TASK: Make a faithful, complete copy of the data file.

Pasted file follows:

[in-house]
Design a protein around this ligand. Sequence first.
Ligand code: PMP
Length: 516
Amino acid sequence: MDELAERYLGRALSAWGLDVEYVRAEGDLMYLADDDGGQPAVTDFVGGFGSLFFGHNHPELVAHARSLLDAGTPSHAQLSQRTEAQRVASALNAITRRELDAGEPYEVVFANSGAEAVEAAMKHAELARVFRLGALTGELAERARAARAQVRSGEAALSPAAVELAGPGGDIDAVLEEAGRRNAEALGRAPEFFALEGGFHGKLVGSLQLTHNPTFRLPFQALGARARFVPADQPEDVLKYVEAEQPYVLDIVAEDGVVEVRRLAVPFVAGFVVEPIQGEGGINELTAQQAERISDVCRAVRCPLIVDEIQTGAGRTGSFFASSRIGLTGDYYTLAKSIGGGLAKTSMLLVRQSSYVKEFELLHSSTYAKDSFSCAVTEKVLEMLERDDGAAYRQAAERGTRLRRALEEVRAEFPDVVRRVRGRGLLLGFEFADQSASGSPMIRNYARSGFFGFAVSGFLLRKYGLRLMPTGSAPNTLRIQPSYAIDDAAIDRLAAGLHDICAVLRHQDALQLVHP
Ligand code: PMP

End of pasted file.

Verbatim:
[in-house]
Design a protein around this ligand. Sequence first.
Ligand code: PMP
Length: 516
Amino acid sequence: MDELAERYLGRALSAWGLDVEYVRAEGDLMYLADDDGGQPAVTDFVGGFGSLFFGHNHPELVAHARSLLDAGTPSHAQLSQRTEAQRVASALNAITRRELDAGEPYEVVFANSGAEAVEAAMKHAELARVFRLGALTGELAERARAARAQVRSGEAALSPAAVELAGPGGDIDAVLEEAGRRNAEALGRAPEFFALEGGFHGKLVGSLQLTHNPTFRLPFQALGARARFVPADQPEDVLKYVEAEQPYVLDIVAEDGVVEVRRLAVPFVAGFVVEPIQGEGGINELTAQQAERISDVCRAVRCPLIVDEIQTGAGRTGSFFASSRIGLTGDYYTLAKSIGGGLAKTSMLLVRQSSYVKEFELLHSSTYAKDSFSCAVTEKVLEMLERDDGAAYRQAAERGTRLRRALEEVRAEFPDVVRRVRGRGLLLGFEFADQSASGSPMIRNYARSGFFGFAVSGFLLRKYGLRLMPTGSAPNTLRIQPSYAIDDAAIDRLAAGLHDICAVLRHQDALQLVHP
Ligand code: PMP